It is between seasons, bird seasons that is. At some point, during every single day, thoughts of bird hunting slip through my head. They have to, living with bird dogs in the house and surrounded by books and photos on the subject.
Daily I walk, always with the dogs, to keep in shape. Nothing is more necessary to an upland bird hunter than a good pair of walking legs, and come October the dogs will ready to run too.
|Colby and Chara, my two German wirehair pointers|
In the mornings, before my workday starts, we trek through the fields and woods out behind the house. They love it almost as much as hunting and I do too. We have no upland game birds here on our island, except possibly a few woodcock that stay to nest somewhere. During the spring and fall those vagabonds migrate through and on more than one occasion my girls have pointed them, but finding a woodcock in the summer is rare. Quail, once abundant, are rare.
There are rabbits galore, and some days the dogs will point one or two and possibly give chase on my command, yet other days they show no interest in them at all. It’s the same with turkeys, who’s numbers are expanding and soon they will become a pest, just like our deer.
|Morning sun on the field out back|
From the grasses of the field out back we sometimes roust a deer. Two nights ago three decent-sized bucks, with their antlers in velvet, stood like statues in the tall grass at twilight, watching my dogs and I walk along the edge of the field. The dogs never pay much attention to the deer, there are so many of them that I think the dogs get bored with their scent. Oh, if they bump one out of its bed they may give chase for a hundred yards or so, but the dogs always come right back.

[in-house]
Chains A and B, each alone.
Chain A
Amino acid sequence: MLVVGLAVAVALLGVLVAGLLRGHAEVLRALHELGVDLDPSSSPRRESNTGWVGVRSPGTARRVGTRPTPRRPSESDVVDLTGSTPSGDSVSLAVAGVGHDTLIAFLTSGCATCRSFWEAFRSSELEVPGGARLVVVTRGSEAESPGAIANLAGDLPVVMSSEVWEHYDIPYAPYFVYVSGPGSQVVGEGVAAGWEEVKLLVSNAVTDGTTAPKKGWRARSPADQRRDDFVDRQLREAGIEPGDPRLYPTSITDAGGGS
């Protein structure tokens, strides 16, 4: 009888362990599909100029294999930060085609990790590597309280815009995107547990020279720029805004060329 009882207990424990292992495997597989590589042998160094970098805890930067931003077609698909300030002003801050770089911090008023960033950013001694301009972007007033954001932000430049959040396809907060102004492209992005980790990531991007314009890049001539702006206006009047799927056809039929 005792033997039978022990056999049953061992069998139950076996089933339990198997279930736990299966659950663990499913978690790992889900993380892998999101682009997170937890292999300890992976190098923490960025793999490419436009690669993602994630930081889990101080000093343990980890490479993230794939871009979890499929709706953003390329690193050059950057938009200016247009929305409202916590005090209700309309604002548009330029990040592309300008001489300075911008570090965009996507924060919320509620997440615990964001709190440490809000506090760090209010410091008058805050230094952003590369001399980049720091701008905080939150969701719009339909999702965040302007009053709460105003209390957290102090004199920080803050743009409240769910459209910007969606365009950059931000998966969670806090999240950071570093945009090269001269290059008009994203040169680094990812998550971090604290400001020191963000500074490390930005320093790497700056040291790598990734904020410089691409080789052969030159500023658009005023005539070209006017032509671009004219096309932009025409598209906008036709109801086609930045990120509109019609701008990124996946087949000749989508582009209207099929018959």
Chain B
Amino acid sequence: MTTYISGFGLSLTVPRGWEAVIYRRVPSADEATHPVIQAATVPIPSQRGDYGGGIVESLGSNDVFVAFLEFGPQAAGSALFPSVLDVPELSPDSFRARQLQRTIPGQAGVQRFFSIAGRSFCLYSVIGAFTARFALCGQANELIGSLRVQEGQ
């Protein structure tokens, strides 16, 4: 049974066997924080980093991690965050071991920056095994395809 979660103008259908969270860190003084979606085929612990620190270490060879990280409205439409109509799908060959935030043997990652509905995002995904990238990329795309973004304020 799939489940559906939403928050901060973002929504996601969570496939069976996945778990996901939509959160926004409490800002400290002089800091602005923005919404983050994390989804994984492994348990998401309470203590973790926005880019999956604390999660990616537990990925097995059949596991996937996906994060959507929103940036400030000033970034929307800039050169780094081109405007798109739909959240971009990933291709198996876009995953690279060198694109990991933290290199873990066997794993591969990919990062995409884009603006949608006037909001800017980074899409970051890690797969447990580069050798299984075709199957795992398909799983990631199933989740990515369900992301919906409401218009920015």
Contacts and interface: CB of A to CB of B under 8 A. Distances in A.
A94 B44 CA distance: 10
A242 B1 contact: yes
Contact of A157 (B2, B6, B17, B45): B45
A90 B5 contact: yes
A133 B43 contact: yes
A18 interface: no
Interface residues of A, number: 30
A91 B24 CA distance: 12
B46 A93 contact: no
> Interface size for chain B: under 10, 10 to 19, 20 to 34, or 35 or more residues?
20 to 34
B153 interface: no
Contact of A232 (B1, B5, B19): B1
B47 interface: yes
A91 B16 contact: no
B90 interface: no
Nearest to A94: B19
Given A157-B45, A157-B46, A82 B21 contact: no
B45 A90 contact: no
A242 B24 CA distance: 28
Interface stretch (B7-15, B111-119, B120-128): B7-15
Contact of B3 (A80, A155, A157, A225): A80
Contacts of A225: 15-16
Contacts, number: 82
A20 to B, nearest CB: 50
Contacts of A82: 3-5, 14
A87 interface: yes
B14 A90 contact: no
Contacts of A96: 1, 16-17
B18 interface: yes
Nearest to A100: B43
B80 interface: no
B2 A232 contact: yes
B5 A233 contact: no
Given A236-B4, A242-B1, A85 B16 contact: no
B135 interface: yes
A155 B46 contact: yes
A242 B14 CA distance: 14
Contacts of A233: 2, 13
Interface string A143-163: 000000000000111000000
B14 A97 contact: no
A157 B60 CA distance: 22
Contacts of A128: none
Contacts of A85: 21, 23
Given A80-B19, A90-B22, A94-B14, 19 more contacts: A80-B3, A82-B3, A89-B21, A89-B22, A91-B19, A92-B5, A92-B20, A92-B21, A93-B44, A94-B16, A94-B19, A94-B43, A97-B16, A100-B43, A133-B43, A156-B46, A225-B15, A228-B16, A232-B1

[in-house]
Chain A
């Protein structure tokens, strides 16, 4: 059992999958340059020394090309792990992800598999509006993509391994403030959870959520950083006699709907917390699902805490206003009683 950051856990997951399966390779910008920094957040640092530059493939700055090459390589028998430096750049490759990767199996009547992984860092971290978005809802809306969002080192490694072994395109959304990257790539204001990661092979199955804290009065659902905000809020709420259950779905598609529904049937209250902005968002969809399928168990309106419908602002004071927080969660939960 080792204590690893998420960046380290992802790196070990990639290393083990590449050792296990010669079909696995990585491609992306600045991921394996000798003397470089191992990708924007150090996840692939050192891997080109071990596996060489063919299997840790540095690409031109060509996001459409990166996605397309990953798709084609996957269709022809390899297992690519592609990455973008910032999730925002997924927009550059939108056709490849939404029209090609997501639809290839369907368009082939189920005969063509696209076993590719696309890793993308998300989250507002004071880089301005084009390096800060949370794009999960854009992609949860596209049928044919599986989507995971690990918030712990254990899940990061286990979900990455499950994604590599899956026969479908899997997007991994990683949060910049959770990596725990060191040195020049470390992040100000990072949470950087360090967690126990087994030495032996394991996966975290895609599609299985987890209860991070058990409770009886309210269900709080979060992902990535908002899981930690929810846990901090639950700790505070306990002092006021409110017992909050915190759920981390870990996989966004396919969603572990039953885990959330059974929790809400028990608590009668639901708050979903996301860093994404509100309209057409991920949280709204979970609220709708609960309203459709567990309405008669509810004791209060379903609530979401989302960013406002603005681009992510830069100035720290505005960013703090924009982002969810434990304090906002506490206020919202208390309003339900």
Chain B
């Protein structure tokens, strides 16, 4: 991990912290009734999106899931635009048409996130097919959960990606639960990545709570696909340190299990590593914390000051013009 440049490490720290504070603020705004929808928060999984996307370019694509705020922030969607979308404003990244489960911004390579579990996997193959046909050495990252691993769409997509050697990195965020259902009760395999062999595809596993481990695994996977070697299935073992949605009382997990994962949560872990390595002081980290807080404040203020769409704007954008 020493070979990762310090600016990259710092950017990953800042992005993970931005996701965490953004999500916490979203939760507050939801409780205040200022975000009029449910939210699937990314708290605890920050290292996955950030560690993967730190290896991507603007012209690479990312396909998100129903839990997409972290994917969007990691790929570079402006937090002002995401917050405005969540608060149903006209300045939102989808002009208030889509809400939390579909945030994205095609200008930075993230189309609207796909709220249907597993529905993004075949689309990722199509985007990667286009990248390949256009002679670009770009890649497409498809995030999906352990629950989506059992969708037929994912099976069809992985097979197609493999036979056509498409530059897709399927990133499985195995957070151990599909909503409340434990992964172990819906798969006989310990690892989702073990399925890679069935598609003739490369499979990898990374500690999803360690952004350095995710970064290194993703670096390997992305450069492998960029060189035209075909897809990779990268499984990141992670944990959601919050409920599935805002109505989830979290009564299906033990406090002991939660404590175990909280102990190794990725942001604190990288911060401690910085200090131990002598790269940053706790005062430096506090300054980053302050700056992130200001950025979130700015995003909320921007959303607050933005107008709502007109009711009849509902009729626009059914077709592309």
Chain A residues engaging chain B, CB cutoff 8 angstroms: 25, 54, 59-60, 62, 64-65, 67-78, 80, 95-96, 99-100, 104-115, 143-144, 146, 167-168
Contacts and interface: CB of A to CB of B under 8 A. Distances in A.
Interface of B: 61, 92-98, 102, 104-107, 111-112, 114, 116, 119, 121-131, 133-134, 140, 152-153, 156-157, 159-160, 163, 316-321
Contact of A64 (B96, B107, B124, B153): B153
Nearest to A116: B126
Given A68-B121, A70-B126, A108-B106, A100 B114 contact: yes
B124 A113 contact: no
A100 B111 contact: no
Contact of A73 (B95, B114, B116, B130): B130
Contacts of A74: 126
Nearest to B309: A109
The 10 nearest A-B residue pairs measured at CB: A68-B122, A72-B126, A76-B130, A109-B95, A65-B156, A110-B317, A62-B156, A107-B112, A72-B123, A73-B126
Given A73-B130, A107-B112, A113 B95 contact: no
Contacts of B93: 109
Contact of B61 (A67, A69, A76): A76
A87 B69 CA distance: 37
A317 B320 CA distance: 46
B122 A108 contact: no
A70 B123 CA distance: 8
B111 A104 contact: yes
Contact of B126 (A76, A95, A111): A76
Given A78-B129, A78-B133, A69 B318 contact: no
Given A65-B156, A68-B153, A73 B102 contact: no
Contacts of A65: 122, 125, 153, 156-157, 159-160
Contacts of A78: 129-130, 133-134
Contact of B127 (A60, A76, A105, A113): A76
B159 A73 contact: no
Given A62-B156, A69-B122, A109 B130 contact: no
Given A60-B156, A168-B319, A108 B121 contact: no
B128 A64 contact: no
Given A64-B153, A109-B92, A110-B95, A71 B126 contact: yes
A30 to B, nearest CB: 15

Under the oaks of the woods blueberries and huckleberries grow waist high, and, if they are not wet with dew, I’ll often push through them just to work my muscles harder. The dogs bound through them, leaping to see with every stride, their ears flapping like insufficient wings.
Some mornings I seek the sunny sides of the fields for warmth, others the shelter of the trees to break the winds. Lately the crickets have been murmuring in the mornings, but not as loud as later in the day. Turkeys gargle noisily. Crows seem to be everywhere and sometimes I swing my hand like a shotgun, pretending to fire when the lead feels right.
For a week or two a young skunk would turn up along our walk. The dogs would wind it and give it a wide berth, but the little bugger actually would actually charge at a human. I’m sure it made him feel powerful to watch the tall creature flee. With his absence the last couple of mornings I have been wondering if an owl might have had him for dinner.
Soon it will be July, and then comes August, when we can say “Bird season is the month after next….”